11. The multiplex transmission apparatus according to claim 4, wherein said port control means controls said one output port to set said controlled output port in a predetermined high impedance state.
12. The multiplex transmission apparatus according to claim 5, wherein said port control means controls said at least one output port to set said controlled output port in a predetermined high impedance state.
13. The multiplex transmission apparatus according to claim 6, wherein said port control means controls said at least one output port to set said controlled output port in a predetermined high impedance state.
14. The multiplex transmission apparatus according to any one of claims 2, 3, 7 or 8, wherein said port control means sets an output port in the predetermined state such that the load to be controlled by said set output port is held in a safe state.
15. The multiplex transmission apparatus according to claim 4, wherein said port control means sets an output port in the predetermined state such that the load to be controlled by said set output port is held in a safe state.
16. The multiplex transmission apparatus according to claim 5, wherein said port control means sets an output port in the predetermined state such that the load to be controlled by said set output port is held in a safe state.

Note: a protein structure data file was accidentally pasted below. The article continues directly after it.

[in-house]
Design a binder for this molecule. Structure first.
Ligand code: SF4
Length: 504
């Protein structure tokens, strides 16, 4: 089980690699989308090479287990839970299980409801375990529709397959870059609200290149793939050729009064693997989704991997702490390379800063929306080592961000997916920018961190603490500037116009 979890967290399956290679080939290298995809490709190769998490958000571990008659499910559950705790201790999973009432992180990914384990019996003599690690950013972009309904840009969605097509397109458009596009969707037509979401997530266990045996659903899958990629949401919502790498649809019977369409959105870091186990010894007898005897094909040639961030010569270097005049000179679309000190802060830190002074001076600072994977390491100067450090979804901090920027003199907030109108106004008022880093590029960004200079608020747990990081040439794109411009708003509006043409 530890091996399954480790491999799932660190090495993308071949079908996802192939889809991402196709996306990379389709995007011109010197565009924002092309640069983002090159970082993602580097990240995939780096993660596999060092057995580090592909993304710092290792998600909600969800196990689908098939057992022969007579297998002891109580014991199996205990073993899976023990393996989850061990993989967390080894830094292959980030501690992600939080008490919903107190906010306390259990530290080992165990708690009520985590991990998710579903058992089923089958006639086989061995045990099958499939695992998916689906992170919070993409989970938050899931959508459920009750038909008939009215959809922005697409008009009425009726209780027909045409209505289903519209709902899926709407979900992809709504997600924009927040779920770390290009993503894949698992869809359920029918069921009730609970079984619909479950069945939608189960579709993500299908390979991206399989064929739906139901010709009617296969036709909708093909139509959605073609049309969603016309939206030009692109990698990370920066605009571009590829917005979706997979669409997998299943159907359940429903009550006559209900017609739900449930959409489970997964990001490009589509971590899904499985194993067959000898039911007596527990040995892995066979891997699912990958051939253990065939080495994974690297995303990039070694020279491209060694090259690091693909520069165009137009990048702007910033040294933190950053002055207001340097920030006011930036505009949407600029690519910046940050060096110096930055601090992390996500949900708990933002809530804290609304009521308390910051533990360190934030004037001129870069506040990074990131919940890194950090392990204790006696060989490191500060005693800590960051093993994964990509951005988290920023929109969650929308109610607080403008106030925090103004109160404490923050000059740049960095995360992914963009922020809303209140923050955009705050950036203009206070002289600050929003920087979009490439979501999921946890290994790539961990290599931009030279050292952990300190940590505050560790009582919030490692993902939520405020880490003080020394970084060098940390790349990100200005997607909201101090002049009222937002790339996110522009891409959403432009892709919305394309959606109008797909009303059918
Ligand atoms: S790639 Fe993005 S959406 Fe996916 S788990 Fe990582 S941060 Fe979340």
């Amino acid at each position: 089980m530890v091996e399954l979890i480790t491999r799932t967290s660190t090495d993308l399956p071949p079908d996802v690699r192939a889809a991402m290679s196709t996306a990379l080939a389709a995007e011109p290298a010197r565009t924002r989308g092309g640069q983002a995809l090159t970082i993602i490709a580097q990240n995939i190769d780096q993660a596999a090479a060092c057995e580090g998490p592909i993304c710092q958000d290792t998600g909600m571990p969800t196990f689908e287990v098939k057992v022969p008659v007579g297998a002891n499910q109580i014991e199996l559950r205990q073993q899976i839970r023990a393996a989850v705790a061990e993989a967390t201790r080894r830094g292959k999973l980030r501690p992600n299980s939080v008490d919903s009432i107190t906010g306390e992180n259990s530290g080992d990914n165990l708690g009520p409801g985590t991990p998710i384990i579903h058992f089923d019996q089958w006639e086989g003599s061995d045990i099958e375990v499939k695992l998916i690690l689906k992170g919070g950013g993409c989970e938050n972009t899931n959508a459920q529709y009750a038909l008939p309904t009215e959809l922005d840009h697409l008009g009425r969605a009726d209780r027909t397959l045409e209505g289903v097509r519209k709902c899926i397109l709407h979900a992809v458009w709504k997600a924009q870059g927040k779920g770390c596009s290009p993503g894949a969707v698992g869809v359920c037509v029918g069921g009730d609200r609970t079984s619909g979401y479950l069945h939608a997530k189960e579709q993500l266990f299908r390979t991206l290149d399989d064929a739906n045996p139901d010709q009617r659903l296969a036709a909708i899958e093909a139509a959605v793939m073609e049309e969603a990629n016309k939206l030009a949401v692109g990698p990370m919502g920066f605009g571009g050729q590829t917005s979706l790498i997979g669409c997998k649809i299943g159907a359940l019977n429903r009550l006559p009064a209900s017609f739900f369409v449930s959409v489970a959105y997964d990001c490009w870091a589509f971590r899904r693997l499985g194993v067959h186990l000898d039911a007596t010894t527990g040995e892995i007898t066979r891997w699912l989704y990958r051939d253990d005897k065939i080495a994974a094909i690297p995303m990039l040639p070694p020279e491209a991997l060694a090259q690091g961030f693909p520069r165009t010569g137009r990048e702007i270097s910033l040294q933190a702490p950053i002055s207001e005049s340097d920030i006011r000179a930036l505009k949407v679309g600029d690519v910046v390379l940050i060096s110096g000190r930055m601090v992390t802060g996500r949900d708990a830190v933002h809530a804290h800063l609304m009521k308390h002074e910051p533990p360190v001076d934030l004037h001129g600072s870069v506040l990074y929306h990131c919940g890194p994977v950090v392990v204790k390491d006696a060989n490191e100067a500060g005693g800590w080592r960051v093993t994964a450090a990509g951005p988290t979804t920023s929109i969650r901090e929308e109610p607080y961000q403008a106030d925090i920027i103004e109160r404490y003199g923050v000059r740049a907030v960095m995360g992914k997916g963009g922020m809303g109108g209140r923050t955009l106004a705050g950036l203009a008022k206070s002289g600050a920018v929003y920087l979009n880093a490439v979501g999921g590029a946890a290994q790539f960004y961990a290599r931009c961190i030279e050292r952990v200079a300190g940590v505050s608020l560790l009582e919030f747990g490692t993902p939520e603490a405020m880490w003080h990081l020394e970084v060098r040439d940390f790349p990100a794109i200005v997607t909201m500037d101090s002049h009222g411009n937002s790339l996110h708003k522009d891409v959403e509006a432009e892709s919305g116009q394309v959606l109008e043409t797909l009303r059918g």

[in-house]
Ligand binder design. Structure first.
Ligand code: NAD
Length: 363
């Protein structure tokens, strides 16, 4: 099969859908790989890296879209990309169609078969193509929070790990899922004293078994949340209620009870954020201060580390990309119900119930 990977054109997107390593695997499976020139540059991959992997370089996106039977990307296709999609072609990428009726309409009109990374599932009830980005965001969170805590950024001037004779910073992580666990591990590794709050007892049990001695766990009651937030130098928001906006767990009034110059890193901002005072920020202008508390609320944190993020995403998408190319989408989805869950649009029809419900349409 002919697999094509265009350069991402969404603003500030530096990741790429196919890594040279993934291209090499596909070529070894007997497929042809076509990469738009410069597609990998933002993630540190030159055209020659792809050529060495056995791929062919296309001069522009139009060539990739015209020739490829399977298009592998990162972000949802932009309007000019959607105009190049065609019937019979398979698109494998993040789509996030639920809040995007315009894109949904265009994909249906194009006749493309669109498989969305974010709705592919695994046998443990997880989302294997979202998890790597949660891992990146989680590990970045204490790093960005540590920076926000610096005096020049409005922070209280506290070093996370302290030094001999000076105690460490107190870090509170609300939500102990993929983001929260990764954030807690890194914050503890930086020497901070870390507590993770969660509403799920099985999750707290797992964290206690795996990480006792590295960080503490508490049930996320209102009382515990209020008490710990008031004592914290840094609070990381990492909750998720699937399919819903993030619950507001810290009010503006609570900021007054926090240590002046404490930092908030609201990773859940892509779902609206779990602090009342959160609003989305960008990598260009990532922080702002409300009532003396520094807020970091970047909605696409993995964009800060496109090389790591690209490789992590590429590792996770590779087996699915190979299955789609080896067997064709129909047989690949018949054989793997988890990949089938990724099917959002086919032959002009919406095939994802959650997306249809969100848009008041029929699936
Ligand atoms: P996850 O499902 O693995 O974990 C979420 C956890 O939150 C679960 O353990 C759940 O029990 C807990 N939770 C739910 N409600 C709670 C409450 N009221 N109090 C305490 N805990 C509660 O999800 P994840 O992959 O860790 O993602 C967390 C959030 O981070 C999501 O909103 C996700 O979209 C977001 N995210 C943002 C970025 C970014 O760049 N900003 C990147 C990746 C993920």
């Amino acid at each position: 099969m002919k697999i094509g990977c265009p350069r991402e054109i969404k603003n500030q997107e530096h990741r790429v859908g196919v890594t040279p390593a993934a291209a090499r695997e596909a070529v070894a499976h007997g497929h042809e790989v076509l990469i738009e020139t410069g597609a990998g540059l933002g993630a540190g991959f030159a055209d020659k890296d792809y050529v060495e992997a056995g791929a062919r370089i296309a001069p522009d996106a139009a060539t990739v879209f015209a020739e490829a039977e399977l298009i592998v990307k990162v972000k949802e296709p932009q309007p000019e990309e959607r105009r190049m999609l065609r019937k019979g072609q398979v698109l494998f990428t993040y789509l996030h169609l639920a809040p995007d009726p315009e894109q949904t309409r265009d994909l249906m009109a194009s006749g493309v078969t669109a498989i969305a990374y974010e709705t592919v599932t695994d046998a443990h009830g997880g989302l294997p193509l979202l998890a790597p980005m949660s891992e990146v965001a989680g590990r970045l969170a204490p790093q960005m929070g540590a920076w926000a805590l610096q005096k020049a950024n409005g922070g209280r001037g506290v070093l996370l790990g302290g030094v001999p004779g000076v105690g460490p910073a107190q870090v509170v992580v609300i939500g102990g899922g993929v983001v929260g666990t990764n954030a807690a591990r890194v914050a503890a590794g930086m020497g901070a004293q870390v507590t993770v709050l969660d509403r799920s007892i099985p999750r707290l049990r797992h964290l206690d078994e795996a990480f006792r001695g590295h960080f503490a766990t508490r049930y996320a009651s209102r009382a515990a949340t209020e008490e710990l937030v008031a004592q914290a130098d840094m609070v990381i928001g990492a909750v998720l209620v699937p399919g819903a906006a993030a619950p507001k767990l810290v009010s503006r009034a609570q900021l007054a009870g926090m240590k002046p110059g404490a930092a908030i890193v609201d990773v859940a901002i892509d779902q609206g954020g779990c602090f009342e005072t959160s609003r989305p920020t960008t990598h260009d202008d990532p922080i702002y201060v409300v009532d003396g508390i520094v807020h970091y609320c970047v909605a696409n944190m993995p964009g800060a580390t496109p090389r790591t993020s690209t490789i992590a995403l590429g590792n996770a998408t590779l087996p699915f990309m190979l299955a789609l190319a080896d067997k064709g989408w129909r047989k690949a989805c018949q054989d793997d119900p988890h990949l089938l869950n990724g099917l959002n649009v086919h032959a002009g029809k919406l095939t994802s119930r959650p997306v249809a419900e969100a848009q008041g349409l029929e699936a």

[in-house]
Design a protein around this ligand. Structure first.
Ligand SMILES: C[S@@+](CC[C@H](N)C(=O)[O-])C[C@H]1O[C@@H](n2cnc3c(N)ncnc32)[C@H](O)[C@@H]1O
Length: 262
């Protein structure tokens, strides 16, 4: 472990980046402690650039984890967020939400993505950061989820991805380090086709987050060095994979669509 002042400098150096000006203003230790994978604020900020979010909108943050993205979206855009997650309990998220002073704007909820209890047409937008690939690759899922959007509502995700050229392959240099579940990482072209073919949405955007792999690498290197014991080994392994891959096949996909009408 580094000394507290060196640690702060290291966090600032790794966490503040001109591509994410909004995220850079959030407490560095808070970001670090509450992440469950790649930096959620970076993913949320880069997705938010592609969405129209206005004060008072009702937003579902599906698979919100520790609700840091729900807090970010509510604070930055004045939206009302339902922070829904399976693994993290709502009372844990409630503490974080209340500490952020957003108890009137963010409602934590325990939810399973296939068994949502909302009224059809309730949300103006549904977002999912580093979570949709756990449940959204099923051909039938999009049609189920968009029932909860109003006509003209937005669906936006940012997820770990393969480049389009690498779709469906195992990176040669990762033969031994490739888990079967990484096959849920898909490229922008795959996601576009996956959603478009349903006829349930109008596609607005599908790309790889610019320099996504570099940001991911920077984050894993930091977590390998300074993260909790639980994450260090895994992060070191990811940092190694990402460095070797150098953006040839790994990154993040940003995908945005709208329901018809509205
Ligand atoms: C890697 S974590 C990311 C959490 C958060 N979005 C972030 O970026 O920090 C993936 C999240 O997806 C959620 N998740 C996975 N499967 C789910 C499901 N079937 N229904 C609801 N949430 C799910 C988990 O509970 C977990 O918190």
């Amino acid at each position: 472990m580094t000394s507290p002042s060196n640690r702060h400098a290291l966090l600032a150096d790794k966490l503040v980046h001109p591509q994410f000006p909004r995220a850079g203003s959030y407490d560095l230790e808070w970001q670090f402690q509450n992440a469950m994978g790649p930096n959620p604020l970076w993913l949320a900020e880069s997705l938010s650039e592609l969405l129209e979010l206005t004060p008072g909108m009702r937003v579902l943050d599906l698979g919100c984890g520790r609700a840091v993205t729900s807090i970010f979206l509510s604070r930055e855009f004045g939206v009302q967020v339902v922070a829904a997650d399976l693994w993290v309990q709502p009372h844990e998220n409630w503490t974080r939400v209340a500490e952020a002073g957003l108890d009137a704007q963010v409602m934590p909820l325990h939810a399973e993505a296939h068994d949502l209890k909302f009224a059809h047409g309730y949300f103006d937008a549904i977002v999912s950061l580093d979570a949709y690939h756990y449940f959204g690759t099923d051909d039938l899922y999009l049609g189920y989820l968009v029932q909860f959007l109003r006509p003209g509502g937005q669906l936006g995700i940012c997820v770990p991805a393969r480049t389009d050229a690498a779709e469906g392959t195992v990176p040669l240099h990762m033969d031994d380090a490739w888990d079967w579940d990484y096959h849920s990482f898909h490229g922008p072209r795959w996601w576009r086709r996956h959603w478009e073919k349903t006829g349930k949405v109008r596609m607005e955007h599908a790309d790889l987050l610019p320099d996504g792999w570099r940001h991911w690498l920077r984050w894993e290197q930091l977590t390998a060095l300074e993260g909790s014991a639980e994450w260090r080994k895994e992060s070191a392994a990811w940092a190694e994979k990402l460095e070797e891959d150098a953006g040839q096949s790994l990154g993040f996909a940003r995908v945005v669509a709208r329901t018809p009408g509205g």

17. The multiplex transmission apparatus according to claim 6, wherein said port control means sets an output port in the predetermined state such that the load to be controlled by said set output port is held in a safe state.
18. The multiplex transmission apparatus according to claim 12, wherein said port control means sets an output port in the predetermined state such that the load to be controlled by said set output port is held in a safe state.
19. The multiplex transmission apparatus according to claim 11, wherein said port control means sets an output port in the predetermined state such that the load to be controlled by said set output port is held in a safe state.
20. The multiplex transmission apparatus according to claim 12, wherein said port control means sets an output port in the predetermined state such that the load to be controlled by said set output port is held in a safe state.